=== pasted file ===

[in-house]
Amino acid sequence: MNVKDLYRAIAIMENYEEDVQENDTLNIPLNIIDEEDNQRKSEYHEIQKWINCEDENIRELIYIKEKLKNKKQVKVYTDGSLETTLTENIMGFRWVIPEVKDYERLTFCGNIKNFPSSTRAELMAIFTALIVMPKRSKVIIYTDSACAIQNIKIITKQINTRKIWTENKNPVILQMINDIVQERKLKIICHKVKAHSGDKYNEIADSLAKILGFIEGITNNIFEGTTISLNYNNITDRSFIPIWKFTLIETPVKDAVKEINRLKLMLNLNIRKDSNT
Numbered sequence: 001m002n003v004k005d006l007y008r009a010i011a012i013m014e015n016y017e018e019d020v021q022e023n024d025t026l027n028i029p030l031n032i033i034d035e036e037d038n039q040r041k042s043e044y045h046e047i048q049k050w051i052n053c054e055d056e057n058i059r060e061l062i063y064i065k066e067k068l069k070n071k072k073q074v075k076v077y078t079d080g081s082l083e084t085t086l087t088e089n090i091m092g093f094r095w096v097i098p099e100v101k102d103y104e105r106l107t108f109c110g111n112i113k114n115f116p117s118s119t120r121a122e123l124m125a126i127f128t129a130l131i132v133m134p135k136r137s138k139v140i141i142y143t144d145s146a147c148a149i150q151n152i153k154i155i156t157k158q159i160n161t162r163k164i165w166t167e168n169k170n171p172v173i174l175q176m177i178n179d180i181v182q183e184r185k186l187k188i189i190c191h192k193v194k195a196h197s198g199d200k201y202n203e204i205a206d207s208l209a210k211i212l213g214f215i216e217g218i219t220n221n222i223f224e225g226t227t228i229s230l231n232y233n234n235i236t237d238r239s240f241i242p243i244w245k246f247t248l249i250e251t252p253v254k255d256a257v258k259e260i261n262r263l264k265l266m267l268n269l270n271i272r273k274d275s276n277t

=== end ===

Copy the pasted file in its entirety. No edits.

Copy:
[in-house]
Amino acid sequence: MNVKDLYRAIAIMENYEEDVQENDTLNIPLNIIDEEDNQRKSEYHEIQKWINCEDENIRELIYIKEKLKNKKQVKVYTDGSLETTLTENIMGFRWVIPEVKDYERLTFCGNIKNFPSSTRAELMAIFTALIVMPKRSKVIIYTDSACAIQNIKIITKQINTRKIWTENKNPVILQMINDIVQERKLKIICHKVKAHSGDKYNEIADSLAKILGFIEGITNNIFEGTTISLNYNNITDRSFIPIWKFTLIETPVKDAVKEINRLKLMLNLNIRKDSNT
Numbered sequence: 001m002n003v004k005d006l007y008r009a010i011a012i013m014e015n016y017e018e019d020v021q022e023n024d025t026l027n028i029p030l031n032i033i034d035e036e037d038n039q040r041k042s043e044y045h046e047i048q049k050w051i052n053c054e055d056e057n058i059r060e061l062i063y064i065k066e067k068l069k070n071k072k073q074v075k076v077y078t079d080g081s082l083e084t085t086l087t088e089n090i091m092g093f094r095w096v097i098p099e100v101k102d103y104e105r106l107t108f109c110g111n112i113k114n115f116p117s118s119t120r121a122e123l124m125a126i127f128t129a130l131i132v133m134p135k136r137s138k139v140i141i142y143t144d145s146a147c148a149i150q151n152i153k154i155i156t157k158q159i160n161t162r163k164i165w166t167e168n169k170n171p172v173i174l175q176m177i178n179d180i181v182q183e184r185k186l187k188i189i190c191h192k193v194k195a196h197s198g199d200k201y202n203e204i205a206d207s208l209a210k211i212l213g214f215i216e217g218i219t220n221n222i223f224e225g226t227t228i229s230l231n232y233n234n235i236t237d238r239s240f241i242p243i244w245k246f247t248l249i250e251t252p253v254k255d256a257v258k259e260i261n262r263l264k265l266m267l268n269l270n271i272r273k274d275s276n277t